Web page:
Trains on the Somme
The use of trains in the Great War is a neglected subject; railways were the super-highways of the day used to transport everything from material to men and horses. In the British and Commonwealth forces trains were operated by the Railway Operating Division (ROD) of the Royal Engineers which recruited men who had worked on the railways in civilian life to operate the trains on active service.
Depicted here are trains of the ROD abandoned on the Somme during the March Offensive of 1918. They were photographed by a German soldier at this time just off the Albert-Bapaume road close to the village of Pozières. The British had put in a railway system here as a Casualty Clearing Station had been in operation at this point in 1917 and the wounded had been brought in by ambulance and then moved further back by train. The trains had also brought up artillery ammunition for a number of shell depots that had been established in the area. The barren nature of the Somme battlefields at this time is evident in the background.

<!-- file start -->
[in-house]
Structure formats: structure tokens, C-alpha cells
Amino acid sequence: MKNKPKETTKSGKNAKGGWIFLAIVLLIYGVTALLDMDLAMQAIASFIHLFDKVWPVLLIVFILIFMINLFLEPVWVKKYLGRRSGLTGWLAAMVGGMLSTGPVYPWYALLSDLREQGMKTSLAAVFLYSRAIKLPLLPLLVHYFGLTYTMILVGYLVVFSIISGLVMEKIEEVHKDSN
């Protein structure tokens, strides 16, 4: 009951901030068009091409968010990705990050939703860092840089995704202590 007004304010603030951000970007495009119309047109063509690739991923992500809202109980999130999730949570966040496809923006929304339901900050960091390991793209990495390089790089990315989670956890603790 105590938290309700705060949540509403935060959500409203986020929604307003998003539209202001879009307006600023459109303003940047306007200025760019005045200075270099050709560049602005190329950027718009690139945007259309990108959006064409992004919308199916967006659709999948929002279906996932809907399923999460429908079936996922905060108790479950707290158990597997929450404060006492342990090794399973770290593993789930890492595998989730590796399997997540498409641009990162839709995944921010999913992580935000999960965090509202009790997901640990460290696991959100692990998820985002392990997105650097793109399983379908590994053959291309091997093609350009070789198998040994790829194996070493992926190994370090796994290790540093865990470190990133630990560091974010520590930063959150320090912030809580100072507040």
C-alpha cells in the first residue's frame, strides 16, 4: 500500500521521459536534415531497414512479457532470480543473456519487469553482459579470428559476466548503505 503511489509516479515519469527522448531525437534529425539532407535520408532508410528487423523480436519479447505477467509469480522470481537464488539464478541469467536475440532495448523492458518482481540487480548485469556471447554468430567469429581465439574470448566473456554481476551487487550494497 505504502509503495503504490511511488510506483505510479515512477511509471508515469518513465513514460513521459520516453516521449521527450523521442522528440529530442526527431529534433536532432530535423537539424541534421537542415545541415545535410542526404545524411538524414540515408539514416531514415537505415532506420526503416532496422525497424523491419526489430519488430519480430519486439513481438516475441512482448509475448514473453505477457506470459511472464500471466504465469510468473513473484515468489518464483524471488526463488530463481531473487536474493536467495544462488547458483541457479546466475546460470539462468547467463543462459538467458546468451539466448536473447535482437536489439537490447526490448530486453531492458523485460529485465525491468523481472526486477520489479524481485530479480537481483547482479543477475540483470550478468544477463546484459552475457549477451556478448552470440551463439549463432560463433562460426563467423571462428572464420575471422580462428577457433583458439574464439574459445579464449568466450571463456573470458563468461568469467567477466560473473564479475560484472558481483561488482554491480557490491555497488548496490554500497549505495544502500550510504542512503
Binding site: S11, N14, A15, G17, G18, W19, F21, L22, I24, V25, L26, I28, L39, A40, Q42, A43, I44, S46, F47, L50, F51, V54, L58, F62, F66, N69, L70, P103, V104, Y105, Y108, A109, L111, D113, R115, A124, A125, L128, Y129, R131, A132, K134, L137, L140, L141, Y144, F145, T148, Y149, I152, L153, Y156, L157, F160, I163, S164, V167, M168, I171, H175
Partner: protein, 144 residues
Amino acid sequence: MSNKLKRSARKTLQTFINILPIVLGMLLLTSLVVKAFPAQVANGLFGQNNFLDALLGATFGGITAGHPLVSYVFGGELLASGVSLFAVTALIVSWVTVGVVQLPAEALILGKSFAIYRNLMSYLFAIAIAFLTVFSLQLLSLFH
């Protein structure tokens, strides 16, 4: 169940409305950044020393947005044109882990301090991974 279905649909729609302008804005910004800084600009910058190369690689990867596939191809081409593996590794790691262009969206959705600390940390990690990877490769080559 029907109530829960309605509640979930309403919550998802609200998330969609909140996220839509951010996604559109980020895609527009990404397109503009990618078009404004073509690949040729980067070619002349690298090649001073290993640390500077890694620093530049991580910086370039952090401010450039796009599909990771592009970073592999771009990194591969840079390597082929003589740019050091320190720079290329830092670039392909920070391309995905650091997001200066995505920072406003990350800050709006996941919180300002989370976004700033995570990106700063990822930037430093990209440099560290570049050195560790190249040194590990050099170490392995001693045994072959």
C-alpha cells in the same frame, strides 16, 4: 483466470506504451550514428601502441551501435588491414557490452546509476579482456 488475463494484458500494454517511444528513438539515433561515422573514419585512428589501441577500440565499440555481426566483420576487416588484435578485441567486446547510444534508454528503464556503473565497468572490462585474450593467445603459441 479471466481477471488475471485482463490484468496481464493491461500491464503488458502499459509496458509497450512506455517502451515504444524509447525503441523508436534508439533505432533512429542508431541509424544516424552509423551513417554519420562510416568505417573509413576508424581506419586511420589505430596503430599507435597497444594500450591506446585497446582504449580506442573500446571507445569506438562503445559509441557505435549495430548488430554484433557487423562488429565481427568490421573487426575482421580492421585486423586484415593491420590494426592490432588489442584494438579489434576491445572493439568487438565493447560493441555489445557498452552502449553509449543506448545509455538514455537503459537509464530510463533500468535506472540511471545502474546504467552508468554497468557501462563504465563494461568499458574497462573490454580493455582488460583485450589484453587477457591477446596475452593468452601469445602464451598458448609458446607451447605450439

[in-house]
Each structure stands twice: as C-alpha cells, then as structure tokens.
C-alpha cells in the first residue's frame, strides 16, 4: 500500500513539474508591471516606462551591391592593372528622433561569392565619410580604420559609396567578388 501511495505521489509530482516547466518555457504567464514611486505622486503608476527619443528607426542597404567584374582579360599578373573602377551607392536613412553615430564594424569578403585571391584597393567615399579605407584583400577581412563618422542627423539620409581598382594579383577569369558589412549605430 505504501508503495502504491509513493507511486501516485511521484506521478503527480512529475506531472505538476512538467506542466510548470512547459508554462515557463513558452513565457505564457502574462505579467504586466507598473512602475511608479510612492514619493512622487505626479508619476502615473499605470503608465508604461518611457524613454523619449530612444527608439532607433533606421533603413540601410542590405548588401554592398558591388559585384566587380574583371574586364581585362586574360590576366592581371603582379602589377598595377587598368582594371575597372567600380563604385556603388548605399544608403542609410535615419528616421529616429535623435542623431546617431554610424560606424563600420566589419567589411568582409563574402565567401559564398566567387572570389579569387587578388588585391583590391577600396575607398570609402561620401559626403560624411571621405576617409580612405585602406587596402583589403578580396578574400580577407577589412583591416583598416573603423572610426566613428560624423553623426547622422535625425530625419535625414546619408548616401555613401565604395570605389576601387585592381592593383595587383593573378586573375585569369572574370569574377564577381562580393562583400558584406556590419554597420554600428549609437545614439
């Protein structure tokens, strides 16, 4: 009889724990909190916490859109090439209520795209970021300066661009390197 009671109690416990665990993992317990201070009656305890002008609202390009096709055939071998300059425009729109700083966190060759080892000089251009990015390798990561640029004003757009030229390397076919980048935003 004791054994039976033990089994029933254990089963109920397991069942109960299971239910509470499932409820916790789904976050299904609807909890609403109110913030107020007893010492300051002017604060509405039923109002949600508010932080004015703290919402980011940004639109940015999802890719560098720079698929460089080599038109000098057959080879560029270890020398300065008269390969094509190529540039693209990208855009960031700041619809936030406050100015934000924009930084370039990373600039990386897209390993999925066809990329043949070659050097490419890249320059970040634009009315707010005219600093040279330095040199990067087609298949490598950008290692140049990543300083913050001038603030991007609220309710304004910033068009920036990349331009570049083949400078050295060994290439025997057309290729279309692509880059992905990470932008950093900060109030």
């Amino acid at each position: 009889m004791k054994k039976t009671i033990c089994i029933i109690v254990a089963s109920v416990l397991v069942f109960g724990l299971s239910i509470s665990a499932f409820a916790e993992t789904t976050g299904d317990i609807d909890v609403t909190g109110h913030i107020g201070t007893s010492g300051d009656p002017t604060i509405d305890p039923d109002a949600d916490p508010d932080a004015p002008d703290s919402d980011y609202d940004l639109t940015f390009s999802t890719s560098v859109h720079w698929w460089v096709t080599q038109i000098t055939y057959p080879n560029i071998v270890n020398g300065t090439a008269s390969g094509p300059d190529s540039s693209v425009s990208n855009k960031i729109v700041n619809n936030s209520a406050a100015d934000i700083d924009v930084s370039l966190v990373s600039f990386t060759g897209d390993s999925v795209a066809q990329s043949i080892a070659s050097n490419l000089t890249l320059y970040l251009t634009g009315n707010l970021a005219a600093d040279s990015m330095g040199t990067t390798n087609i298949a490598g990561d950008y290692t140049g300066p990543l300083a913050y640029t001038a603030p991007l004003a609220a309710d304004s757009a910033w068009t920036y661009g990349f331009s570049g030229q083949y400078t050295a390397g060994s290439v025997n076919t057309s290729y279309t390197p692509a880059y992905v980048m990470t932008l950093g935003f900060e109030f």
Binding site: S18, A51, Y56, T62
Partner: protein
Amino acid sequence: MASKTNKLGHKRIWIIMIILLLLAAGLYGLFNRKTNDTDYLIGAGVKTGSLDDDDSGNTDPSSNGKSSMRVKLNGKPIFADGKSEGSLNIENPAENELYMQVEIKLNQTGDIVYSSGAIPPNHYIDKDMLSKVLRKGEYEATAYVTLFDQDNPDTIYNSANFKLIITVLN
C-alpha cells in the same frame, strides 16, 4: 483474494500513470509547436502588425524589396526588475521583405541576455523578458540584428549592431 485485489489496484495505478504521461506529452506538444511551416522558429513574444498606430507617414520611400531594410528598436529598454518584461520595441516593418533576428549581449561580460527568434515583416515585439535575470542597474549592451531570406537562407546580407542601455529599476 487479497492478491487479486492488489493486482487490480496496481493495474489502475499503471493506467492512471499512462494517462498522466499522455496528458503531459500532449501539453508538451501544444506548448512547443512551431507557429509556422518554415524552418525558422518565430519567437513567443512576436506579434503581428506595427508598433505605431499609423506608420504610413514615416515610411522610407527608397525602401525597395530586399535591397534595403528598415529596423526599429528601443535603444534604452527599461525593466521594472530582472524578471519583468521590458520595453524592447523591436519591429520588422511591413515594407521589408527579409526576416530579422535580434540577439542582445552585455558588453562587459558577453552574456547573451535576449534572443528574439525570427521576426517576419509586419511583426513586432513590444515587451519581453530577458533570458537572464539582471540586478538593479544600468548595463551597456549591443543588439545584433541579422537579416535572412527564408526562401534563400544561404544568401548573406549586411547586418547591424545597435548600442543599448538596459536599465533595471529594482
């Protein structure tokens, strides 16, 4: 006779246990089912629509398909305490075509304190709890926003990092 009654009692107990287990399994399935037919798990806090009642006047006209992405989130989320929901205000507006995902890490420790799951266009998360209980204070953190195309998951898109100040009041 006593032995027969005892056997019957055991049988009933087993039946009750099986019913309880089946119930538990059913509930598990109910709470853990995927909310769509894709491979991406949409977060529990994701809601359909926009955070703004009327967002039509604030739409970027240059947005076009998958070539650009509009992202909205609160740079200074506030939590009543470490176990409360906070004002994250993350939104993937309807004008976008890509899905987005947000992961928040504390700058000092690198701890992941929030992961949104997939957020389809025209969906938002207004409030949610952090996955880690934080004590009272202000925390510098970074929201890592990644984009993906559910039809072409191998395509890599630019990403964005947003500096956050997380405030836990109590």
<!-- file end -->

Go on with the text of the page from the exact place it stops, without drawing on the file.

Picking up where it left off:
Amazing to think of the amount of line Laid during the war. Did the French incorporate any of the line into their domestic lines?
25/01/2012 at 19:38
My Great Grandfather was a Royal Engineer and senior NCO on railways in WW1. He was a gaffer on the railways in civy street before the war, just as the caption says. He was mentioned in dispatches and I still have the certificate, signed by Winston Churchill.
I would love to find out more about his service. He survived the war.
26/01/2012 at 23:44